Rep. Trey Gowdy said Sunday that he doesn't want the House Select Committee on Benghazi's work - which has now expanded to include a look at Hillary Rodham Clinton's e-mail practices - to become a focus of the presidential contest.
"I would like to be through as quickly as possible," Gowdy (R., S.C.), head of the committee, told NBC's Chuck Todd on Meet the Press. "I have no interest, zero interest, in you and I having this conversation in 2016."
But, Gowdy said, Clinton's delay in disclosing that she used only a personal e-mail address to conduct business as secretary of state has slowed the committee down.
After Clinton publicly defended her e-mail practices last week, Gowdy said he would call her to testify twice, once about her e-mail and once about the deadly 2012 terrorist attack on the American consulate in Benghazi. Gowdy said he remains focused on the circumstances surrounding the attack, adding he would also like to call former CIA Director David Petraeus. "She is a very important part of understanding what happened in Libya and Benghazi," he said, but "she's not even a central focus."
Rep. Adam Schiff (D., Calif.), who also serves on the Benghazi committee, disputed Gowdy's comments, saying the committee hasn't taken up Clinton's offer to testify yet for political reasons.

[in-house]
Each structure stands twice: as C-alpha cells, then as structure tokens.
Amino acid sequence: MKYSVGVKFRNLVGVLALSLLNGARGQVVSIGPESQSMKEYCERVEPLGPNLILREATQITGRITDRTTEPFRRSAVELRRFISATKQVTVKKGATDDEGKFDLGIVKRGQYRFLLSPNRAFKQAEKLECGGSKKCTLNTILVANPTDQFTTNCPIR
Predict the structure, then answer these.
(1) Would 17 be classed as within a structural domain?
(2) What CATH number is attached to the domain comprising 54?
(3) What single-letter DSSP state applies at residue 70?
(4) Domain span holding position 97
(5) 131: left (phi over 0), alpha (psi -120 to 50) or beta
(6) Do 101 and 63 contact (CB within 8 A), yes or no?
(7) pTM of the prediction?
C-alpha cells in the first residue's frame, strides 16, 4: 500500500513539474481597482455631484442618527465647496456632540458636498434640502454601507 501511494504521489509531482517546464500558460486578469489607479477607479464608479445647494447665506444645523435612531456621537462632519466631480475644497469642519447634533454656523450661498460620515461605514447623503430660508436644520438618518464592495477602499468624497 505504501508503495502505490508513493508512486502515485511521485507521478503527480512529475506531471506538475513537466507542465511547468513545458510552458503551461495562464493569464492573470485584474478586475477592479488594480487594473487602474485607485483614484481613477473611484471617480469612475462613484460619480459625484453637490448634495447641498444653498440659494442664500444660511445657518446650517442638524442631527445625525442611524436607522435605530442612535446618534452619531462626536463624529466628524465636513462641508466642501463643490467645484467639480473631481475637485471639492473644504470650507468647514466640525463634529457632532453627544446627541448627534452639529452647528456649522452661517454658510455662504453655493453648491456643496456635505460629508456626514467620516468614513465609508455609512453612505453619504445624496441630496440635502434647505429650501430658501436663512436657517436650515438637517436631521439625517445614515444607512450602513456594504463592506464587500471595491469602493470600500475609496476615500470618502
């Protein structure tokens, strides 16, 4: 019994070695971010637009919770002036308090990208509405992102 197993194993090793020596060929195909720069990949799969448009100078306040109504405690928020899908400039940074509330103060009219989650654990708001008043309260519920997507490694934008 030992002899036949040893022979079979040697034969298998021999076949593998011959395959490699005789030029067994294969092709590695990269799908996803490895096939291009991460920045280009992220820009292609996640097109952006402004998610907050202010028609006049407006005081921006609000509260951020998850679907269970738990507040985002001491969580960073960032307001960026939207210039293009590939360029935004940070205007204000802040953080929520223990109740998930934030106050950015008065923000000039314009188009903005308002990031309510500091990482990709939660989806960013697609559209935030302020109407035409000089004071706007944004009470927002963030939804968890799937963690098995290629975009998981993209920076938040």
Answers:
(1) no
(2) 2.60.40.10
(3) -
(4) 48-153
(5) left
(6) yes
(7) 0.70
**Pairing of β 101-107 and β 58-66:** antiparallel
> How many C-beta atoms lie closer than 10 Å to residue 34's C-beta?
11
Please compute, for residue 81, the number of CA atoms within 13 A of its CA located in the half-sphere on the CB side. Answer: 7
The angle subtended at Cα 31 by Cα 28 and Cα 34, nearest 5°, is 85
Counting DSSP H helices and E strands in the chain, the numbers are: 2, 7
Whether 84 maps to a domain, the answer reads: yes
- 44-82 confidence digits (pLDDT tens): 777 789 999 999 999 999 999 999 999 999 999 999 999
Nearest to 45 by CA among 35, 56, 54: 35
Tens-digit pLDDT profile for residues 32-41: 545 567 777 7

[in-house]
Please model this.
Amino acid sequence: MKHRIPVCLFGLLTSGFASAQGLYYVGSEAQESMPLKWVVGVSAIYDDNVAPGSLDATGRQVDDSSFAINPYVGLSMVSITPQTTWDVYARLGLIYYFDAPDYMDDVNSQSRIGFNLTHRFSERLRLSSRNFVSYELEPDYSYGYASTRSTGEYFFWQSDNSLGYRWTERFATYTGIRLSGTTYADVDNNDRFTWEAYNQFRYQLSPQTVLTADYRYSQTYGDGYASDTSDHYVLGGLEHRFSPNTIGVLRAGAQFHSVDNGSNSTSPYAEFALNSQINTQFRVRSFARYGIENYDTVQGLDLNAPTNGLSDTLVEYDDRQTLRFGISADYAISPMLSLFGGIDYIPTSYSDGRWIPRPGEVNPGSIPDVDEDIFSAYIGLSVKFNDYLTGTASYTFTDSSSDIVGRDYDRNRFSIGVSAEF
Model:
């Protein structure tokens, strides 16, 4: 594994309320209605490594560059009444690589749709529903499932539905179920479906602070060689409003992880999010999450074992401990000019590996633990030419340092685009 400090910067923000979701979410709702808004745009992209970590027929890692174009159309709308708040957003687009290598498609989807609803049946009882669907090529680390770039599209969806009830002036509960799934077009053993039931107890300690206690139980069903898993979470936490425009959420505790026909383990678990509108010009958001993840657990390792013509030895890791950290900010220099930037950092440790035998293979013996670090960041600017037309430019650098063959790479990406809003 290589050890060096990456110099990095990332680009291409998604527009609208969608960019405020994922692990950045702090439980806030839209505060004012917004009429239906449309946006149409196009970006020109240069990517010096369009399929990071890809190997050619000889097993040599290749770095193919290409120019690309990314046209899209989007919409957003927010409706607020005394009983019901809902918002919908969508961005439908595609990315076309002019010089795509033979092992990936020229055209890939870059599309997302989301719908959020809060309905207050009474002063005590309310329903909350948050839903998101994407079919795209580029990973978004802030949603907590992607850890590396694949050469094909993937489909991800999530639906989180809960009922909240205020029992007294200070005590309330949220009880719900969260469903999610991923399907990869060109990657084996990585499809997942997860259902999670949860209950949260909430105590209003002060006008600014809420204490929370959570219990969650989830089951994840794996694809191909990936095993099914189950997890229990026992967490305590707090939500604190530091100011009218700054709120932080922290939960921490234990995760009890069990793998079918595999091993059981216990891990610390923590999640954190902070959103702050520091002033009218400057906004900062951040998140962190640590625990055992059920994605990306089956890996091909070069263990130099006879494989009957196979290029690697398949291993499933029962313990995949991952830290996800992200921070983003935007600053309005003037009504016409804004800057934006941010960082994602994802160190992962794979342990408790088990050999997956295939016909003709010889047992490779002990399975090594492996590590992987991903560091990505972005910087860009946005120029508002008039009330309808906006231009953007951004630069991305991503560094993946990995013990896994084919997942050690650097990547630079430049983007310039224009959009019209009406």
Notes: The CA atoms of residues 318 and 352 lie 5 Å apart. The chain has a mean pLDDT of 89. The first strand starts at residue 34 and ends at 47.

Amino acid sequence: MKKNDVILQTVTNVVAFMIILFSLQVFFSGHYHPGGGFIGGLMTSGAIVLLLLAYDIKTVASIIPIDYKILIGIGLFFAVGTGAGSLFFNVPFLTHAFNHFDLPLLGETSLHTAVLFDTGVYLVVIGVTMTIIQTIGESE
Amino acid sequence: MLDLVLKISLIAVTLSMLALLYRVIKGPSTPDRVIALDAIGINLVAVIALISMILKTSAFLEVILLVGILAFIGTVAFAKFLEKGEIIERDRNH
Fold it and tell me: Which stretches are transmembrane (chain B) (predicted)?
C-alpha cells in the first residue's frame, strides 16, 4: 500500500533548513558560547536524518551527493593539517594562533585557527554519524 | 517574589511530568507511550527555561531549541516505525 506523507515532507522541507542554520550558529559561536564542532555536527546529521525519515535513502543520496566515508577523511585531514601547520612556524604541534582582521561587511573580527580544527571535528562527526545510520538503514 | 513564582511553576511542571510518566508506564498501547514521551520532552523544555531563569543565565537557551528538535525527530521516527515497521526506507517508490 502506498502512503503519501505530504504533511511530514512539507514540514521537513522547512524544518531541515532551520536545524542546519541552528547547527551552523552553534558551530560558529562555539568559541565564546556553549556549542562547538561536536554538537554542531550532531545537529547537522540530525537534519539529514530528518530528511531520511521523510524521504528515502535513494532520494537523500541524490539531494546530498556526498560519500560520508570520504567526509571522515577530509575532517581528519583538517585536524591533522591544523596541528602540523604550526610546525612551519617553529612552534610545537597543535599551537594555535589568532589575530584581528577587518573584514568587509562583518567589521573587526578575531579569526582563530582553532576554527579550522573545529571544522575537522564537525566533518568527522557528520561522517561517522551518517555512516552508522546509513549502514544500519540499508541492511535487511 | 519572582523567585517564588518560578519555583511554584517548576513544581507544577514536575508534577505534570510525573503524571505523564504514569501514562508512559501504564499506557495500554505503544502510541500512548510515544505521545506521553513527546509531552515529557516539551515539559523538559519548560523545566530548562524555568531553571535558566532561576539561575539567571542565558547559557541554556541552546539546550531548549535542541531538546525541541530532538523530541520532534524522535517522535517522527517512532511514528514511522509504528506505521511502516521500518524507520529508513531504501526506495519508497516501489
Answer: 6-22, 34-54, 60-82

"They wanted to put off her testimony as far into the presidential cycle as possible," Schiff said on Fox News Sunday. "The whole purpose of this committee is really Secretary Clinton."
Also speaking on Fox News Sunday, Gowdy said the House might have to subpoena the private server that Clinton used if she wouldn't turn it over to a third party who could review her claim that about 30,000 now-deleted messages were personal and unrelated to government business. (Unlike committees, the House can subpoena personal property.)
Rep. Elijah Cummings of Maryland, the ranking Democrat on the committee, said on CBS's Face the Nation that Clinton's lawyers have asked him and Gowdy to release the e-mails they have from her.
"Hopefully Trey will agree to that and make that happen," said Cummings. Gowdy has said he won't release the messages because he is not sure if they are complete.
Also Sunday, longtime ally James Carville defended Clinton, saying her e-mail practices were legal. But, he added, she may also have had prying Republican eyes in mind when she chose to do business through a private e-mail server.
"I suspect she didn't want Louie Gohmert rifling though her e-mails, which seems to me to be a kind of reasonable position for someone to take," Carville said.